Full disclosure: Maria Spacagna has been my voice teacher and mentor for many years ... no wonder I am accustomed to that voice, right?

Maria Spacagna truly forged her career singing the role of Cio-Cio San ... even becoming the first American-born singer to perform the role at La Scala, Milan ... thanks to a certain Maestro Lorin Maazel. This trailblazing moment was so monumental that it garnered Ms. Spacagna a place in La Scala's Encyclopedia of the Opera.

Under the baton of conductors such as Julius Rudel, James Levine, Edoardo Müller, Riccardo Chailly, Nello Santi, Placido Domingo and Marco Armiliato, Maria Spacagna has sung in nearly every major opera house in the world ... La Fenice in Venice, Arena di Verona, Festival Pucciniana in Torre del Lago, Deutsche Oper Berlin, New York City Opera, Dallas Opera, San Francisco Opera, Opera Theater of Montreal, and Canadian Opera in Toronto - just to name a few.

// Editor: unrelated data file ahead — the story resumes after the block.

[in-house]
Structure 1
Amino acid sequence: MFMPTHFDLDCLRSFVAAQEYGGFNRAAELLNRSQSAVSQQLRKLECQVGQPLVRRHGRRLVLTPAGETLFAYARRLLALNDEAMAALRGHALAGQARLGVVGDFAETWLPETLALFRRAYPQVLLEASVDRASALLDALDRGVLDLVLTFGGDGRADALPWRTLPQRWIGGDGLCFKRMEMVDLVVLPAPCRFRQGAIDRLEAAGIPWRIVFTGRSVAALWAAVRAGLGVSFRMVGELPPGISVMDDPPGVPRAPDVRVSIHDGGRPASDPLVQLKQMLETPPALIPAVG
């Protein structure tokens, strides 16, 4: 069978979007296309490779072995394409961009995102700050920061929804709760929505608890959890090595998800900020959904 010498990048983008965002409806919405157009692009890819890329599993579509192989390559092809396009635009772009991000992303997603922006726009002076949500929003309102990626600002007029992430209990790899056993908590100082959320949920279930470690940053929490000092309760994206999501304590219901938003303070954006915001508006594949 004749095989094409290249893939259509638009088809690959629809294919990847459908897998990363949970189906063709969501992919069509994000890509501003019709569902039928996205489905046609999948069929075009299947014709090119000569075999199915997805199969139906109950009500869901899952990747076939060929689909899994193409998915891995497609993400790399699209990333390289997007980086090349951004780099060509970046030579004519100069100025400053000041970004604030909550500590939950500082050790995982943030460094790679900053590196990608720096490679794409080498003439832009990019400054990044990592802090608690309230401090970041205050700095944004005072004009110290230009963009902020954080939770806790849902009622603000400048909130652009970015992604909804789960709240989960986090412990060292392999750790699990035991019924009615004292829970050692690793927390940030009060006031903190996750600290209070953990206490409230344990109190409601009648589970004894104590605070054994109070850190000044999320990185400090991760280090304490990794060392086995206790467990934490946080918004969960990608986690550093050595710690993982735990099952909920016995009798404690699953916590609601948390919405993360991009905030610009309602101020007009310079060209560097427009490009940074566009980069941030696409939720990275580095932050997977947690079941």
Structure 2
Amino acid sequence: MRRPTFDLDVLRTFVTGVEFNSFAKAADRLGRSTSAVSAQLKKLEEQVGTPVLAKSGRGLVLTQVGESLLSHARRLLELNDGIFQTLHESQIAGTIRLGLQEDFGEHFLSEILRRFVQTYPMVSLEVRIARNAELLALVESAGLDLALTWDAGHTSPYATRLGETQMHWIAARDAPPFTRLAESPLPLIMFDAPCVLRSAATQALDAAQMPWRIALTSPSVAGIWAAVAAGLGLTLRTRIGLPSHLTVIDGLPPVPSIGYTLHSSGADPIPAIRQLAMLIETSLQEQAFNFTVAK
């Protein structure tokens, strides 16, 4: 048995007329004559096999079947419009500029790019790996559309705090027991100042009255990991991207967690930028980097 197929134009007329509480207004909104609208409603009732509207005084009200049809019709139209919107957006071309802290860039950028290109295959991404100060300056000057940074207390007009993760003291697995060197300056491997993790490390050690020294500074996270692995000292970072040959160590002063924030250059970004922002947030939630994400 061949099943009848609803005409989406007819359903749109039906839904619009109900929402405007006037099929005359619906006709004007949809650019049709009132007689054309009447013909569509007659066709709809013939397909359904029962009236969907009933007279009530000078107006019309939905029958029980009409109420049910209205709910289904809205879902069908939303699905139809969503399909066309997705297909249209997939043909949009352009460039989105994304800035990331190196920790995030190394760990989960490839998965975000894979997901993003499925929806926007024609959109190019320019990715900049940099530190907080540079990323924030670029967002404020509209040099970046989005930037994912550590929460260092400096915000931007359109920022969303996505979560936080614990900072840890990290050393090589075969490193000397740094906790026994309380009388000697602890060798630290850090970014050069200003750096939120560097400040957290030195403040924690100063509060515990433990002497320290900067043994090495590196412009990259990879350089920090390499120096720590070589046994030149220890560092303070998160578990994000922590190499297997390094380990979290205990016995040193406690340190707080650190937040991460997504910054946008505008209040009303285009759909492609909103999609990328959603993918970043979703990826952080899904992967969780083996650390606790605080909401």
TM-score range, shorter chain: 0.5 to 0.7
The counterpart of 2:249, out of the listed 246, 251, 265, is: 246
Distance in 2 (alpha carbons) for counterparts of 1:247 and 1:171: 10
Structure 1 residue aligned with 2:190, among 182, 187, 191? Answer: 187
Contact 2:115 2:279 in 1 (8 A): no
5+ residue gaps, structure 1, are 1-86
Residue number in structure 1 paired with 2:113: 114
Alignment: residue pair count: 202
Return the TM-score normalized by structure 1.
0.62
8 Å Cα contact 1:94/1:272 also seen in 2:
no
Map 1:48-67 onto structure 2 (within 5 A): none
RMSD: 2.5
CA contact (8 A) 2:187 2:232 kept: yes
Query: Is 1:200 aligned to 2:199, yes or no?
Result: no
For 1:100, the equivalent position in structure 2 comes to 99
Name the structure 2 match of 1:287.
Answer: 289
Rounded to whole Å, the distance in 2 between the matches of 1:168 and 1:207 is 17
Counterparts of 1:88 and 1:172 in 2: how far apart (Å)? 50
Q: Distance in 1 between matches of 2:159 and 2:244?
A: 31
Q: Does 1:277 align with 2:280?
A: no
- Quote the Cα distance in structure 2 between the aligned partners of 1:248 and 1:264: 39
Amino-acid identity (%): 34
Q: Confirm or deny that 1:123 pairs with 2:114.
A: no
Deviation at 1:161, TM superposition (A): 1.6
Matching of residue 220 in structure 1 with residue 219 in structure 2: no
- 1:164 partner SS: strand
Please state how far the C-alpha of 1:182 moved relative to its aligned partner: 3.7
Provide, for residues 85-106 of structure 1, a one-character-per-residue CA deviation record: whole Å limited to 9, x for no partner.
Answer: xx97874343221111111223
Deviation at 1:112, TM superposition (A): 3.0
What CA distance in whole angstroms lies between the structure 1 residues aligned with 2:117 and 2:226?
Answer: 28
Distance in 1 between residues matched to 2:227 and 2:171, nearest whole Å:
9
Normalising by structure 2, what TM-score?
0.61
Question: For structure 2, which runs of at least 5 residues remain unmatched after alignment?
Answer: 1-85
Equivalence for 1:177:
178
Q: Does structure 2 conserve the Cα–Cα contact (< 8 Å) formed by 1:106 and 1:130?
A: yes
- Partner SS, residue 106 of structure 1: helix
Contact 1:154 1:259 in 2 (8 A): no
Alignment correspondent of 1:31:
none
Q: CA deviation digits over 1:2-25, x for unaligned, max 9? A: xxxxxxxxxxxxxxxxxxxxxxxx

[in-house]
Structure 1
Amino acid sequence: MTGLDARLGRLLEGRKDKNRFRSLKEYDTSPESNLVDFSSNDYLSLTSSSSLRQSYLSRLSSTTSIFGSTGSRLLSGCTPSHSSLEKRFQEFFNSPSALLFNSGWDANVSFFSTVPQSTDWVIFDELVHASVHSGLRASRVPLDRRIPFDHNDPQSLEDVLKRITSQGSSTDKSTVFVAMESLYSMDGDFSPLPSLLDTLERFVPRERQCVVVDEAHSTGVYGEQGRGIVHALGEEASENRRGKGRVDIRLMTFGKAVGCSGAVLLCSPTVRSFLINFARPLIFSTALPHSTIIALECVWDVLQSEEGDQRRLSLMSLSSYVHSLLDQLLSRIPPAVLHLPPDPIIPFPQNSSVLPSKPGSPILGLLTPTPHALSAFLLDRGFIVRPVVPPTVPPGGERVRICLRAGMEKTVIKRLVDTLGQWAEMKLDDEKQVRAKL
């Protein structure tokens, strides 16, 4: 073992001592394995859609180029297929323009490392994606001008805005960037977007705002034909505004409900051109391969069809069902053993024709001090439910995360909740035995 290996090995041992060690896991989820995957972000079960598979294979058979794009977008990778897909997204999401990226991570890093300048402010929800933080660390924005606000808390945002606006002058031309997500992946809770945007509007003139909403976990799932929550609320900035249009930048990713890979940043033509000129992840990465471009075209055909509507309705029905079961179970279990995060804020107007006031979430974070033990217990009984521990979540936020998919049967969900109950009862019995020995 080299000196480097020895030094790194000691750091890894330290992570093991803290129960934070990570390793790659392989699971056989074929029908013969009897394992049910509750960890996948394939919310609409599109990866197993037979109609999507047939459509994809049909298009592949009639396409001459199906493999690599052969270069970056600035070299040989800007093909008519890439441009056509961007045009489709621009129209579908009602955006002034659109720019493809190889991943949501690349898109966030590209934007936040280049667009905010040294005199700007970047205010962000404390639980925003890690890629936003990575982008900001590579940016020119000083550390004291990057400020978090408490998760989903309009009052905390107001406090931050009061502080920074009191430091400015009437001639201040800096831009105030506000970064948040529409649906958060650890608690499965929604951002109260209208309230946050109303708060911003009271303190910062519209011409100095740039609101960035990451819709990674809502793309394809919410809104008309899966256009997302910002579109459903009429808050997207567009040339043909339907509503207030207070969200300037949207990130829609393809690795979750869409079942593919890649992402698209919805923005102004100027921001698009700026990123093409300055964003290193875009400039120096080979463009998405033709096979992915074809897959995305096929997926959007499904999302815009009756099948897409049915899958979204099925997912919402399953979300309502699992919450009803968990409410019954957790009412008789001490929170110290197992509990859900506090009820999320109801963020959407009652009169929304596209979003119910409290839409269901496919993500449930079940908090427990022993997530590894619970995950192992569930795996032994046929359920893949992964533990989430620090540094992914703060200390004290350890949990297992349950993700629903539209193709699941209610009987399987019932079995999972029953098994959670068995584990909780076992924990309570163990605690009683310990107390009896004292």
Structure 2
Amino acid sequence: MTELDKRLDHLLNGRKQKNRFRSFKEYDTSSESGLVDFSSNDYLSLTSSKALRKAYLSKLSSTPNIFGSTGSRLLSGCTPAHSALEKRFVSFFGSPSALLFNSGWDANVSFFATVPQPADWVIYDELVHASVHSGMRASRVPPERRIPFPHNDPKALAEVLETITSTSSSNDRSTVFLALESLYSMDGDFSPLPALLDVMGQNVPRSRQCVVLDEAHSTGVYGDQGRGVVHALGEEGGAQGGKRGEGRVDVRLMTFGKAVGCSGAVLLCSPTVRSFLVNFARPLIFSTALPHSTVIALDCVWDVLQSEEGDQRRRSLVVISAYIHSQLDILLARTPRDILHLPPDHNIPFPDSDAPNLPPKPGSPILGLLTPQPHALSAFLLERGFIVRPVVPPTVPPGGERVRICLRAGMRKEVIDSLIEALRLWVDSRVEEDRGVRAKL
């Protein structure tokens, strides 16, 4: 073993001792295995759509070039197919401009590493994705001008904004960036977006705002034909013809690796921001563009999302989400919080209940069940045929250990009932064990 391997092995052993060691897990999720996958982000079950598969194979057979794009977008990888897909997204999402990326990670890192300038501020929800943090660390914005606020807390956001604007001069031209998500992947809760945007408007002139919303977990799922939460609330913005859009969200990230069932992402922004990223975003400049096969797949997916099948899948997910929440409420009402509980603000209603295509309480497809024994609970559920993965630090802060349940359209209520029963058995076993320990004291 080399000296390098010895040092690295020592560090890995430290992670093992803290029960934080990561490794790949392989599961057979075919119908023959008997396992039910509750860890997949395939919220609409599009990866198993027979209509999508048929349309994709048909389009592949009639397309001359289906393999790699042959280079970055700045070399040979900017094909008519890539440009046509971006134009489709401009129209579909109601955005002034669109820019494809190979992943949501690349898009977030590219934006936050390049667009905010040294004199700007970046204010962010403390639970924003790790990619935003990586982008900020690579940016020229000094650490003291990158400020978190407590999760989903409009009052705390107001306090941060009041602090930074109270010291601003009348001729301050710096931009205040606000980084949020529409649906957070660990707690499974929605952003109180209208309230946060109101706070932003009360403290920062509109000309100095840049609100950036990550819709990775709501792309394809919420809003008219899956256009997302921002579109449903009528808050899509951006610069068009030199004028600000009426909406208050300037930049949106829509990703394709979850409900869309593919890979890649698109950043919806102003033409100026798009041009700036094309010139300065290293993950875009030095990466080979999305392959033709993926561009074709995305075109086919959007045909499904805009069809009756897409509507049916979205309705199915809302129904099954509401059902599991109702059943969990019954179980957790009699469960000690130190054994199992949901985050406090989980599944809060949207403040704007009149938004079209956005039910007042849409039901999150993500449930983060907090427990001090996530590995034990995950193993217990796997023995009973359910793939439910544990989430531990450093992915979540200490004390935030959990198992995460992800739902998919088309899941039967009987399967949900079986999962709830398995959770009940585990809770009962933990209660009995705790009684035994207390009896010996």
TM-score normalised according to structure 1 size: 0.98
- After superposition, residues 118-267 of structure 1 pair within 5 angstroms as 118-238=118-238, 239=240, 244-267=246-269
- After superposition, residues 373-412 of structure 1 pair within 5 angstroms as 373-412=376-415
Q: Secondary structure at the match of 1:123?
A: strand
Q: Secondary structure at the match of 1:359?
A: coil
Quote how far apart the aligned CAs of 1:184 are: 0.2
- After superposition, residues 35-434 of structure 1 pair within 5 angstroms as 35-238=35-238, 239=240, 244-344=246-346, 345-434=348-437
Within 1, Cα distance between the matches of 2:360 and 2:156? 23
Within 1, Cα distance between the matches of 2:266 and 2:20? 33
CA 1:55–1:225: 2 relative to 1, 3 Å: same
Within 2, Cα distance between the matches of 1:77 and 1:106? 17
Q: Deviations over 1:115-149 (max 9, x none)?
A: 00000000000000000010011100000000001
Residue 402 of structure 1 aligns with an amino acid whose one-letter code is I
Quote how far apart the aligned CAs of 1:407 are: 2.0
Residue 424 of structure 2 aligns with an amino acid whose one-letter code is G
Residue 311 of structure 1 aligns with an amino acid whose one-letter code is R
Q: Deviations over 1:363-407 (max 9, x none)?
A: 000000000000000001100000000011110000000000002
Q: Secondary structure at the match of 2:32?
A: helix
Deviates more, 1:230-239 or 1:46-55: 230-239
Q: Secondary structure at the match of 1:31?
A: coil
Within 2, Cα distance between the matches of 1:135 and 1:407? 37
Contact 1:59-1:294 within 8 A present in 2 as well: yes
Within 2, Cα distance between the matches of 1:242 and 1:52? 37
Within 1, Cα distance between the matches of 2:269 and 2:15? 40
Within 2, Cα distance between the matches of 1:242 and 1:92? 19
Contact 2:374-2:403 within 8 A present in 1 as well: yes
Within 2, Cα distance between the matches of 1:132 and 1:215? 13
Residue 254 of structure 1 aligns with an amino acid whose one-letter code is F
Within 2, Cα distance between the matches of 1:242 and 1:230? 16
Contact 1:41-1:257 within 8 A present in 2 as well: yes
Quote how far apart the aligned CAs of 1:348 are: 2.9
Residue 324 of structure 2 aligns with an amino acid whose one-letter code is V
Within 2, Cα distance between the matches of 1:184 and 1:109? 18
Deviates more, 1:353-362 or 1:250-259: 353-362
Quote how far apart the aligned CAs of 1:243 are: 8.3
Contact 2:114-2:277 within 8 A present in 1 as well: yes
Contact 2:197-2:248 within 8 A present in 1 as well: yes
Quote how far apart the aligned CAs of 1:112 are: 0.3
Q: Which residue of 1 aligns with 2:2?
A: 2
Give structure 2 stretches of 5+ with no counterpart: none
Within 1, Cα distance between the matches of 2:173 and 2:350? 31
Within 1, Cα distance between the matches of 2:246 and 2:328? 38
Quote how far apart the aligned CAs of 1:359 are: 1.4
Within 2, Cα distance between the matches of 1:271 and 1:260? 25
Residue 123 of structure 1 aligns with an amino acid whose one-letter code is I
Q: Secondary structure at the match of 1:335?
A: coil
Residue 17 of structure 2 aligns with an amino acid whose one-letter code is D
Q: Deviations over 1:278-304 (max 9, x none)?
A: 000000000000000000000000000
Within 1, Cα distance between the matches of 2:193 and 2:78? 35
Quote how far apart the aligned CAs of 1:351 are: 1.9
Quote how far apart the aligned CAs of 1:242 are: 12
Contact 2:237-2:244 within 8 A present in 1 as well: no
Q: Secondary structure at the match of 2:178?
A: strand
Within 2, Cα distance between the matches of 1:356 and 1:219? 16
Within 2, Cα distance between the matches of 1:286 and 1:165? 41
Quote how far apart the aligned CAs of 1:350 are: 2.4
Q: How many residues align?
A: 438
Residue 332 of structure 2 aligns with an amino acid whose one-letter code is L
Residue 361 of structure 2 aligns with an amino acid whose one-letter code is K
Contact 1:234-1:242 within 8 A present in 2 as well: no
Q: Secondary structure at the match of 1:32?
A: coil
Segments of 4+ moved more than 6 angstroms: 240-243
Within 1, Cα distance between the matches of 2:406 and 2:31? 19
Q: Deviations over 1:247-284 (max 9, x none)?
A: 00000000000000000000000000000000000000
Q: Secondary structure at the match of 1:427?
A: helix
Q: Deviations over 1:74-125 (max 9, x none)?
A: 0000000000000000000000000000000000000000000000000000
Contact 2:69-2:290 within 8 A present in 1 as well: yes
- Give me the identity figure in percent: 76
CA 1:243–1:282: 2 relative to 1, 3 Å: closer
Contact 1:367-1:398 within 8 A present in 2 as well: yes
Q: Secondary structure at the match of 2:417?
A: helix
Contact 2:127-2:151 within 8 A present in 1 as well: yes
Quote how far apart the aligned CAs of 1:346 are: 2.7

After establishing a reputation as a remarkably skilled soprano and consummate actress, it was time for Maria Spacagna to make her debut at the Metropolitan Opera. That debut came in the title role in Verdi’s Luisa Miller. Her tenor that night was some guy named Luciano Pavarotti [wink wink].

Soon thereafter, Ms. Spacagna was tapped by another tenor. This time, at Placido Domingo's request, Ms. Spacagna was invited to sing at a White House State Dinner at which President Bill Clinton and First Lady Hillary Rodham Clinton honored the Prime Minister of Italy.